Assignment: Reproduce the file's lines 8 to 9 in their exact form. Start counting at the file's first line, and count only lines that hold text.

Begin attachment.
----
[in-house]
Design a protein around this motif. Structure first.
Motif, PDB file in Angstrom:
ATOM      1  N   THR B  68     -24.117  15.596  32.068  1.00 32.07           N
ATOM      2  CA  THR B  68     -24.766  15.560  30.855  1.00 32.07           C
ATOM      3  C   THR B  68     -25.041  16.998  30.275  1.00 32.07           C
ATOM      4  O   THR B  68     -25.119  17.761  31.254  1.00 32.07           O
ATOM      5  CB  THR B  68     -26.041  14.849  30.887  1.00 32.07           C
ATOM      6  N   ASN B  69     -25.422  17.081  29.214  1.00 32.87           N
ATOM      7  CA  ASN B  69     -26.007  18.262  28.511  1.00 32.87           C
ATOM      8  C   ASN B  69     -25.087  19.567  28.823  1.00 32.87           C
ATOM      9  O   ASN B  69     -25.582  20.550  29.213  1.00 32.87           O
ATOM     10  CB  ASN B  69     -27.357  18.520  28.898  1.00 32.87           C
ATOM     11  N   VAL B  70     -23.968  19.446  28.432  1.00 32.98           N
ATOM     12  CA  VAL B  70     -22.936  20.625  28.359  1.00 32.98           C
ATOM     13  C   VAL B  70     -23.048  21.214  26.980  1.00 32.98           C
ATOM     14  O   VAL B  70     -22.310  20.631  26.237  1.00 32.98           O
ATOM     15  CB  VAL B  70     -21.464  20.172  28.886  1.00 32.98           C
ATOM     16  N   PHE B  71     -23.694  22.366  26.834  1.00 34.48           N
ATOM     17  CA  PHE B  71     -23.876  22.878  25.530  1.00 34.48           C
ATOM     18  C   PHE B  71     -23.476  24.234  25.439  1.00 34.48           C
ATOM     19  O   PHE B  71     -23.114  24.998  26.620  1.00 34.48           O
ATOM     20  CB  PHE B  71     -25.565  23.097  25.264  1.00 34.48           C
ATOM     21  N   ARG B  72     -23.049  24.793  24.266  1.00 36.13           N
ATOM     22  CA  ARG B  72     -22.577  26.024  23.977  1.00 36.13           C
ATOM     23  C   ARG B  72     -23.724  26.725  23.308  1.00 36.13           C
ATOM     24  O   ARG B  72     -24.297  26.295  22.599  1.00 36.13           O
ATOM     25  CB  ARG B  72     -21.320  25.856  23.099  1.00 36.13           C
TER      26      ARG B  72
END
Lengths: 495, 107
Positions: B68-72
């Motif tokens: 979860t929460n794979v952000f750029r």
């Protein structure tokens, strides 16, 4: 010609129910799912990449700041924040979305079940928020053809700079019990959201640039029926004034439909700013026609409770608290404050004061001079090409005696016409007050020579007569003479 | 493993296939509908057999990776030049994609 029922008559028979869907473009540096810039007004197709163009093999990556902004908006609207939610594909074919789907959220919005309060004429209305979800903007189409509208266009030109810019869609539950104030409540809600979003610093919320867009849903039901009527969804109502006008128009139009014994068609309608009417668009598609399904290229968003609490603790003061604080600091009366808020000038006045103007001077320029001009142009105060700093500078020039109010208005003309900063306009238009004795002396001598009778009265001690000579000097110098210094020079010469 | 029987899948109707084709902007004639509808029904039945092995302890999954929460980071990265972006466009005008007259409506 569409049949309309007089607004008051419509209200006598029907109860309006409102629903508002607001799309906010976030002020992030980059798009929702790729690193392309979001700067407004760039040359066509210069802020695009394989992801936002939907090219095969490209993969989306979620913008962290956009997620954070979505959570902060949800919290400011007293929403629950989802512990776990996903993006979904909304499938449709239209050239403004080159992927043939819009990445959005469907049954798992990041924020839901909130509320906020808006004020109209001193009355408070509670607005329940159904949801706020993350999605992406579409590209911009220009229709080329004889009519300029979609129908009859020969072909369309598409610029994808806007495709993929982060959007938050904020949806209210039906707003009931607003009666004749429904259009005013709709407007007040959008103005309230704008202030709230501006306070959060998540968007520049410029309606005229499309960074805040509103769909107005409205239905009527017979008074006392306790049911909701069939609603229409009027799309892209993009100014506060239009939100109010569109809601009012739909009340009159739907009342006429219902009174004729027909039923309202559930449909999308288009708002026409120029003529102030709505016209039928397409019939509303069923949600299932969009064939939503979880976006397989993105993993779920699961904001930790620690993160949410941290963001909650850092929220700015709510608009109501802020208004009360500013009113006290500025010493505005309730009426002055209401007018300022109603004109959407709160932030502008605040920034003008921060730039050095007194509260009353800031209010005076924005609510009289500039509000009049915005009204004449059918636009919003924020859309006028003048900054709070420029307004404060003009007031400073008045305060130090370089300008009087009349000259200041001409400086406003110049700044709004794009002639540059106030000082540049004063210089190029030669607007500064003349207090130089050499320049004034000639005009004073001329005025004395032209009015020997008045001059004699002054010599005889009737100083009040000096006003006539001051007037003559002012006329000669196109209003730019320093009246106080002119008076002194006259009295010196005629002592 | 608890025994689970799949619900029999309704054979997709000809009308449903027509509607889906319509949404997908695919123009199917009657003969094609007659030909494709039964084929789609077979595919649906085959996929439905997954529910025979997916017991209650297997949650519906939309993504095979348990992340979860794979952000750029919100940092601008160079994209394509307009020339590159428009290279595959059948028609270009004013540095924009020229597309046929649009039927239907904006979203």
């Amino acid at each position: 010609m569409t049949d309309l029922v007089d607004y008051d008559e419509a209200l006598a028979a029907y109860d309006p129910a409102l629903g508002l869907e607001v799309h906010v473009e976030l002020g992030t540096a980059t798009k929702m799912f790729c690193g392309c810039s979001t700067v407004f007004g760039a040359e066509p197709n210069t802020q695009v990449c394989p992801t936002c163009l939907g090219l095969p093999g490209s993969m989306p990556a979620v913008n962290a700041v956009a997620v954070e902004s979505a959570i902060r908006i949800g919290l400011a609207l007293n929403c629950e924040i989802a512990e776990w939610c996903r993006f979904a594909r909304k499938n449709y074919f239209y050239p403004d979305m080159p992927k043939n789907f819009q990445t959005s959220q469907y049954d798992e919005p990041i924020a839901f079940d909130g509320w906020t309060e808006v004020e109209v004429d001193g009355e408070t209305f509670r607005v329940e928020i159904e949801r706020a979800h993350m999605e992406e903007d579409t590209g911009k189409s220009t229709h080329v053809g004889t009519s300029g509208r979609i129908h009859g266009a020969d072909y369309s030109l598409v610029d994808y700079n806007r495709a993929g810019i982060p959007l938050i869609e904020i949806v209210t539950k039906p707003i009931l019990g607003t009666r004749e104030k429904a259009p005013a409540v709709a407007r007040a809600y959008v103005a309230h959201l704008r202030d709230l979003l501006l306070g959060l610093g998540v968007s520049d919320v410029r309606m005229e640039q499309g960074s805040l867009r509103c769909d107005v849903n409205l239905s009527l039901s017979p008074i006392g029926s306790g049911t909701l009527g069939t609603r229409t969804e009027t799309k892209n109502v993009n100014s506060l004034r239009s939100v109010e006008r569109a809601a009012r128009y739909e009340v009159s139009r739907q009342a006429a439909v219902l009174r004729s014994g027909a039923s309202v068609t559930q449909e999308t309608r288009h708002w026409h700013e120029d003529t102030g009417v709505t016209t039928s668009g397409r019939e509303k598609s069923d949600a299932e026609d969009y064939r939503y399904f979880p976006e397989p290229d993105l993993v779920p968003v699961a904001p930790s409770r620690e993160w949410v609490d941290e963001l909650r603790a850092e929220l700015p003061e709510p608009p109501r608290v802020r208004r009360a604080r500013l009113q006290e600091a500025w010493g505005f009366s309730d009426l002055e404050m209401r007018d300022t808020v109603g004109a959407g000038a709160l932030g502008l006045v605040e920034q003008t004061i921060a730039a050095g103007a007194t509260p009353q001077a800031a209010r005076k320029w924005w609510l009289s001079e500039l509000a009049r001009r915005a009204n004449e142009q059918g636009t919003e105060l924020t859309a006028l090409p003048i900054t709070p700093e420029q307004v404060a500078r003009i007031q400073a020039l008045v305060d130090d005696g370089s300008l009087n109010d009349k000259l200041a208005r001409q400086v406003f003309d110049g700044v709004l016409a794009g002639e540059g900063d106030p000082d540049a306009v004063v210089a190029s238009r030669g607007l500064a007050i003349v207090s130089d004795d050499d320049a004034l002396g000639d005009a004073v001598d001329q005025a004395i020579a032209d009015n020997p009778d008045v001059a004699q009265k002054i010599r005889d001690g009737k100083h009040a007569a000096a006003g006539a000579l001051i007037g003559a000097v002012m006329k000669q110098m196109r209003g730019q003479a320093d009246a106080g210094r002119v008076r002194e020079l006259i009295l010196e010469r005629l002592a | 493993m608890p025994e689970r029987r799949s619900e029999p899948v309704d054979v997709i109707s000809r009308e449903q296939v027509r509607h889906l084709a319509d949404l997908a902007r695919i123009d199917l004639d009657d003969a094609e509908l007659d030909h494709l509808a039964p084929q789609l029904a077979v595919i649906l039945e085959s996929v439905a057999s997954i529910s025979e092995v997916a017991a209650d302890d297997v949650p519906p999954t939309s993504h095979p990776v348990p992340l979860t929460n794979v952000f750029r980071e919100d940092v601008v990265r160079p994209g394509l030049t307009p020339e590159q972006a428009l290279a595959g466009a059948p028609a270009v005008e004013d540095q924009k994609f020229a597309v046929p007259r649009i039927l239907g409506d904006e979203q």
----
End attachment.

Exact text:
ATOM      5  CB  THR B  68     -26.041  14.849  30.887  1.00 32.07           C
ATOM      6  N   ASN B  69     -25.422  17.081  29.214  1.00 32.87           N